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Behavioural / Mental Health conditions

Pathological demand Avoidance Syndrome (PDA)

What is it?

People with a PDA profile are driven to avoid everyday demands and expectations to an extreme extent. The underlying cause for this avoidance is said to be a high level of anxiety, usually from expectations of demands being placed on children, which can lead to a feeling of not being in control of a situation.

How PDA Affects Children?

Children with a PDA profile can present with increased social understanding and communication skills and are often able to use this to their advantage. However, these apparent social abilities can often mask difficulty with processing and understanding communication and social situations. Children with a PDA profile are likely to need a lot of support. The earlier the recognition of PDA, the sooner appropriate support can be put in place.

The distinctive features of a demand avoidant profile include:

  • Anxiety
  • Difficulties in processing language
  • Resists and avoids the ordinary demands of life
  • Uses social strategies as part of avoidance, for example, distracting, giving excuses
  • Appears sociable, but lacks some understanding
  • Experiences excessive mood swings and impulsivity
  • Appears comfortable in role play and pretence
  • Displays obsessive behaviour that is often focused on other people.
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Behavioural / Mental Health conditions

Oppositional Defiance Disorder (ODD)

What is it?

Children can be oppositional from time to time, particularly when tired, hungry, stressed or upset.  They may argue, talk back, disobey, and defy parents, teachers, and other adults. Oppositional behaviour is often a normal part of development for children between two and three years old and early adolescents.  Oppositional Defiant Disorder (ODD) is described as an ongoing pattern of disobedient, hostile and defiant behaviour toward authority figures which goes beyond the bounds of normal childhood behaviour.

Many children with ODD will respond to positive parenting techniques. Parents may ask their paediatrician or family physician to refer them to a child and adolescent psychiatrist or qualified mental health professional who can diagnose and treat ODD and any coexisting psychiatric condition.

How ODD affects children?

Openly uncooperative and frequent hostile behaviour is a key sign in children with ODD. The symptoms are usually seen in multiple settings but may be more noticeable at home or at school.  Symptoms of ODD may include:

  • Excessive arguing with adults
  • Frequent temper tantrums
  • Often questioning rules
  • Active defiance and refusal to comply with adult requests and rules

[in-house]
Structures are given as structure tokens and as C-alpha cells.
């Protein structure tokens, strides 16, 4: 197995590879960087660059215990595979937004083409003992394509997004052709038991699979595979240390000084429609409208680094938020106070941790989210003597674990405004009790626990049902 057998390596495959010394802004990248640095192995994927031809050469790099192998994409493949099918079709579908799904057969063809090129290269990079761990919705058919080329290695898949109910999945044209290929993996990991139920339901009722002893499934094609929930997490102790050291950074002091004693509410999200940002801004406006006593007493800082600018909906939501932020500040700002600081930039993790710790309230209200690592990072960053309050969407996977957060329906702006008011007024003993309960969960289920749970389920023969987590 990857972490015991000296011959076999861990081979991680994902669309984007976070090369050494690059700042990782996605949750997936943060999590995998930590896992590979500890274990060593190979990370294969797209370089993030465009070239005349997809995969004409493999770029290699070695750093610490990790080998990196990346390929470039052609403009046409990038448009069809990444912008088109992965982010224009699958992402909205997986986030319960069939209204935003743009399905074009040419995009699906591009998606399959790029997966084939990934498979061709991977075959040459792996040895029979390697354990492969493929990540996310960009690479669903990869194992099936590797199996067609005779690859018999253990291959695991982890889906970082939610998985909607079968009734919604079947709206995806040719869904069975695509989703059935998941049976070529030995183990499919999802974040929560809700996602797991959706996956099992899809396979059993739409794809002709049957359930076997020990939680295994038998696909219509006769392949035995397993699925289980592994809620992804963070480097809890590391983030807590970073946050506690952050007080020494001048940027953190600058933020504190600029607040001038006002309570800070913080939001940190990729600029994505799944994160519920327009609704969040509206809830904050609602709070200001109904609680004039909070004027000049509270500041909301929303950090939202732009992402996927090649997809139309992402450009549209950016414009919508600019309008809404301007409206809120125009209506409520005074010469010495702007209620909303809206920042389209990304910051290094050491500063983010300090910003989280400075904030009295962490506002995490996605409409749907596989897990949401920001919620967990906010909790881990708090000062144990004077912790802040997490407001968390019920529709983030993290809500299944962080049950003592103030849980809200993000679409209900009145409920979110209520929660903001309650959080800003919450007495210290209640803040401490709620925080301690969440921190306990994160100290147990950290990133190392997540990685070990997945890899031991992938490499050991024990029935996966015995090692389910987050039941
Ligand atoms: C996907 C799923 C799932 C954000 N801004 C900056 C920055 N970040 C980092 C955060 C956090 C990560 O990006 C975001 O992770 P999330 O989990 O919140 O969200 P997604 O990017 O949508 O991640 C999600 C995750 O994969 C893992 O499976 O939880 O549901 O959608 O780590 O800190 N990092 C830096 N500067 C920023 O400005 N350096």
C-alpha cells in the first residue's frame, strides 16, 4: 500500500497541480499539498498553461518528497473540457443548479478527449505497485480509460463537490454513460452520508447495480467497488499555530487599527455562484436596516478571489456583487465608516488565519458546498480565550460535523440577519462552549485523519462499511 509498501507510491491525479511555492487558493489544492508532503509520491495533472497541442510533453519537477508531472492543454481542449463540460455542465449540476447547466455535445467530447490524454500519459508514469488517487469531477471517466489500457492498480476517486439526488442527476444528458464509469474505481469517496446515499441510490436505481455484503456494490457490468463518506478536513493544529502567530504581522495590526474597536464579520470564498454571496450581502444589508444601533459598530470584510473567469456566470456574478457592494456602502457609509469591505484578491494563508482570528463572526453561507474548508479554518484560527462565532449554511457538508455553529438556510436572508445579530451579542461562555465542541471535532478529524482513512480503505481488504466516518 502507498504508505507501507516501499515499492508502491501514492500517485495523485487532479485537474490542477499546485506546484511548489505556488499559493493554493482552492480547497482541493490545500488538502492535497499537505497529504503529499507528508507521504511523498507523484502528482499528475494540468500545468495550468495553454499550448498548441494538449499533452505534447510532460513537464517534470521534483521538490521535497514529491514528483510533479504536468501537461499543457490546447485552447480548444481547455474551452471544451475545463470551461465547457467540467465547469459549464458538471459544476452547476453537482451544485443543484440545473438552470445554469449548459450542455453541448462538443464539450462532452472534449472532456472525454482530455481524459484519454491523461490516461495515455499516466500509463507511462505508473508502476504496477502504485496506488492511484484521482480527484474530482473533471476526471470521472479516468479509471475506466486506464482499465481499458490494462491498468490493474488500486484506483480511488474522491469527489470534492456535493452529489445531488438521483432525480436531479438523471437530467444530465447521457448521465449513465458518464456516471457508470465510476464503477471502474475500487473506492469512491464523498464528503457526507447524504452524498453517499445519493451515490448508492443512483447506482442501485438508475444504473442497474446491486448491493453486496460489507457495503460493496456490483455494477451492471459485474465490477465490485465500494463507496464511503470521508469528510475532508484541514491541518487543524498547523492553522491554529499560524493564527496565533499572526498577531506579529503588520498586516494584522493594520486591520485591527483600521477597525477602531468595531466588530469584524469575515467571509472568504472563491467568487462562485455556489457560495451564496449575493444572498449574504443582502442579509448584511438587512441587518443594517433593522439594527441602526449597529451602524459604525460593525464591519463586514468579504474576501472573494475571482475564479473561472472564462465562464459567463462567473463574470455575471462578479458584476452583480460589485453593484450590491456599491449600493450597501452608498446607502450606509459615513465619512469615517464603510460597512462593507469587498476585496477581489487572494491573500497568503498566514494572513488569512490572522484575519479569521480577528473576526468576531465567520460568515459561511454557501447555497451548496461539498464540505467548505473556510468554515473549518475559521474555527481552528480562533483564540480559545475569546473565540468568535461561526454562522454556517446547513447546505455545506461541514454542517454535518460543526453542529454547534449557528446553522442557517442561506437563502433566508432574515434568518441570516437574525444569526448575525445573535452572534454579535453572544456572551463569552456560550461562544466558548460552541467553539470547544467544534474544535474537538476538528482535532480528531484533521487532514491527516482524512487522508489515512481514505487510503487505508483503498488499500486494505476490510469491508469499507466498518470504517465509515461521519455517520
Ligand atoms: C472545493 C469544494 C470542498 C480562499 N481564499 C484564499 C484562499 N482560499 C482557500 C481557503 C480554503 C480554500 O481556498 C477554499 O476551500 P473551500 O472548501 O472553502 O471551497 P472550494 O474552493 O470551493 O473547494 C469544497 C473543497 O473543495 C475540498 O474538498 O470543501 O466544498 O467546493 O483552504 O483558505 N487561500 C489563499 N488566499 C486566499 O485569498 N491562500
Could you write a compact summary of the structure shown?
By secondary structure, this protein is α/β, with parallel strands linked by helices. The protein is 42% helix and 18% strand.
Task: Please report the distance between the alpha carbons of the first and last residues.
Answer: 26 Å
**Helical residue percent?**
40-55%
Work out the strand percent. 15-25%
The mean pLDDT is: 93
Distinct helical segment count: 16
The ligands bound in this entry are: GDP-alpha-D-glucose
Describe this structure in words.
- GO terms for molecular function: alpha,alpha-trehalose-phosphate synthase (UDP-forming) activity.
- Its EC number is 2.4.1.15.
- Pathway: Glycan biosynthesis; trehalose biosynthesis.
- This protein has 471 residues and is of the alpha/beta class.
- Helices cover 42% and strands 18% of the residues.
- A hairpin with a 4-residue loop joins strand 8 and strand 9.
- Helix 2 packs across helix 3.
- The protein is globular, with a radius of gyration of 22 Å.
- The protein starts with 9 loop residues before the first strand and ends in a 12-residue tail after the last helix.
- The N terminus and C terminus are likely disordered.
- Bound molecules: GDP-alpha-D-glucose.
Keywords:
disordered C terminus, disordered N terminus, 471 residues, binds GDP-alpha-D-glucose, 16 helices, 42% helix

• Deliberate attempts to annoy or upset people
  • Blaming others for his or her mistakes or misbehaviour
  • Often being touchy or easily annoyed by others
  • Frequent anger and resentment
  • Mean and hateful talking when upset
  • Spiteful attitude and revenge seeking

Behavioural / Mental Health conditions

Anxiety Disorders - Anxiety disorders in Children

What are anxiety disorder in children?

Anxiety is a mental health disorder characterised by feelings of worry or fear that are strong enough to interfere with daily activities. Things like panic attacks, obsessive-compulsive disorder and post-traumatic stress disorder are all associated with anxiety. Symptoms include stress that’s out of proportion to the impact of the event, inability to set aside a worry and restlessness.

What causes Anxiety Disorders?

A big event or a build-up of smaller stressful life situations may trigger excessive anxiety — for example, a death in the family, other family stresses or school stress. People and children with certain personality types are more prone to anxiety disorders than others are.

How Anxiety Disorders Affect Children?

Symptoms of anxiety in children include getting angry or irritable quickly and being out of control during outbursts. Children may also express constantly worry or negative thoughts. They can also seem tense and fidgety, or use the toilet often.

Symptoms can present themselves in the following ways:

  • A 6-year-old can’t fall asleep at night.
  • A 7-year-old is the perfect student but destroys their bedroom and screams at their siblings after school.
  • An 8-year-old cries every morning before school or events and clings to their parents.
  • A 10-year-old snaps at family constantly, criticizing everything.
  • A 12-year-old experiences headaches that make it difficult to get out the door on time.

Though all of these behaviours appear unrelated and present different challenges, they have one common thread: anxiety or feelings of anxiousness.

Behavioural / Mental Health conditions

Major Depressive disorders

What is it?